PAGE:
Interest rates differ by country for many different reasons. A country that is rapidly expanding such as Brazil may have very high interest rates caused in part by a demand for money to develop the private and public sectors of their economy. In Brazil the population is young, and the rate of savings is low. Contrast Brazil with Japan, where you have a mature country and economy, and an aging population that has accumulated a lifetime of savings.  Japan’s current capital needs to build highways, bridges and tunnels are now small, as they were constructed and paid for in years prior. As might be expected, interest rates in Japan are normally lower than those in Brazil.

Forex markets are more concerned with future changes in the interest rates than the present actual rate. Though we are dealing with the spot, or actually cash market for immediate settlement, the markets are looking forward, trying to sense the future direction of rates and when they may change. The current rate is old news. What moves markets is the perceived change in economic strength of a country and how this will affect its currency.

If the economy of a country is vibrant and growing rapidly, the central bankers may start to reign in the growth. Traditional methods are higher interest rates, larger bank reserves which may reduce the availability of credit, and threats of further action to slow the economy.

Unbridled growth can lead to speculative bubbles, and they can destabilize economies when they break. Some of the experts think that the hot real estate markets that occurred from 2000 to 2007, and culminated with a crash in the market is a good example of a bubble. Ample credit and government enforced relaxed credit standards got the building boom started. As prices increased, speculators bought at ever increasing prices, in hope of selling at even higher prices. Builders, responding to increased sales, constructed even more units and the boom continued until the bubble broke, leaving thousands of unsold homes and disillusioned speculators.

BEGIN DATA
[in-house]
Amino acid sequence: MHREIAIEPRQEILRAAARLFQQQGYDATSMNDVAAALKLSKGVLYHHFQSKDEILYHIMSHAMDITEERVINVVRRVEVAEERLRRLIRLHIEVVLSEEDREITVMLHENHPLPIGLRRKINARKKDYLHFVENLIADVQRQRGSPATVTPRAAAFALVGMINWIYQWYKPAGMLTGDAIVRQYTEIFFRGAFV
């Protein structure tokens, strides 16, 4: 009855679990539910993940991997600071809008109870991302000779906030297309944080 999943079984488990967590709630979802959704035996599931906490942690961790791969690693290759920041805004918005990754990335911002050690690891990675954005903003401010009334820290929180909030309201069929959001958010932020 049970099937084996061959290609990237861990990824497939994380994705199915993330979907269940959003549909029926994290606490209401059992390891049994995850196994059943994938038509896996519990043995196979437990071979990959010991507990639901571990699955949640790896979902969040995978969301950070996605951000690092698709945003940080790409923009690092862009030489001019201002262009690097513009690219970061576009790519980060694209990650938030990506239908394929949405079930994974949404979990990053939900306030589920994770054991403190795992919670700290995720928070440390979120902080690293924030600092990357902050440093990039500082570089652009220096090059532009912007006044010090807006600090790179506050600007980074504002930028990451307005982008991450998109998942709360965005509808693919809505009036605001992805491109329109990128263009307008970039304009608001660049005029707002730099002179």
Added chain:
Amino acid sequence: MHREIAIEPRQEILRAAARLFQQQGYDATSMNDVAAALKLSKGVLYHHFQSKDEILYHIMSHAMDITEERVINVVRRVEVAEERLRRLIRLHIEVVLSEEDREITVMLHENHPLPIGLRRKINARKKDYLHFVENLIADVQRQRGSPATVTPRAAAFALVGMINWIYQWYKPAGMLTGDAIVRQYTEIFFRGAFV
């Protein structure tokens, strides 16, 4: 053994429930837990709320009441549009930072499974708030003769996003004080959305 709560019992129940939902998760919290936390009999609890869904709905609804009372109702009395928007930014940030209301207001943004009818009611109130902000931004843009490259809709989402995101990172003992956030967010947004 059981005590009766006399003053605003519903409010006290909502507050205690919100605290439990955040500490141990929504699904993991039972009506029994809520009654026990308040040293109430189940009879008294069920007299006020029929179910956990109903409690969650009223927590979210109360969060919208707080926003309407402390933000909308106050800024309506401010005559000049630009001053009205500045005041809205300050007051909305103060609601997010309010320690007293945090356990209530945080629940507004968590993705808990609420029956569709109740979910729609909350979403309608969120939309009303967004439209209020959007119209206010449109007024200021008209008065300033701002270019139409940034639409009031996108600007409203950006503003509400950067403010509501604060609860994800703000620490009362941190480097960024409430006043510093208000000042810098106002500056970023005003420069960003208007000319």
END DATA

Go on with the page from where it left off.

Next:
Today, three years after the bubble has broken, the financial mess left behind is still unsettled. A record number of banks have been declared insolvent and closed, personal bankruptcies have soared, and foreclosures continue at a record pace. Even home owners, who were prudent, putting the conventional 20% down, are now in trouble as real estate prices tumble.

Theoretically this was a situation that the Central Bankers should have tried to deter, with tighter credit and higher rates. Follow the money trail as they say and you will discover why a tighter credit policy was not pursued. Most real estate loans were processed and guaranteed by Fannie Mae and Freddie Mac, two quasi government agencies. As the real estate market grew so did the business of Fannie and Freddie, and the bonuses paid to former political figures became immense. Franklin Delano Raines, former Director of the Office of Management and Budget in the Clinton administration, was paid over 100 million during the 1999 to 2004 period. Jaime Gorelick, who also served in the Justice Department during the Clinton administration, despite no financial training, was appointed in 1997 as Vice Chairman of Fannie Mae and remained there until 2002. Gorelick was permitted to keep her salary of over $26 million despite improper accounting that resulted in $9 billion of losses during that period. Political contributions from Fannie and Freddie flooded into both Democratic and Republican parties.

In 2001 and again in 2005 the Bush administration proposed some regulations that might have curtailed the expansive credit provided to almost anybody, by Fannie and Freddy. Politicians on both sides of the aisle had been receiving generous donations, and they were bought off with the quasi public money. After Fannie and Freddy became insolvent, the government had to bail them out. By this time the US real estate markets had collapsed, sending financial reverberations around the globe. The market imposed a harsh dose of reality necessary in large partly because the politicians had failed to prudently act. Now several years later losses in the real estate market continue to drain Fannie and Freddy and the coffers of the US government.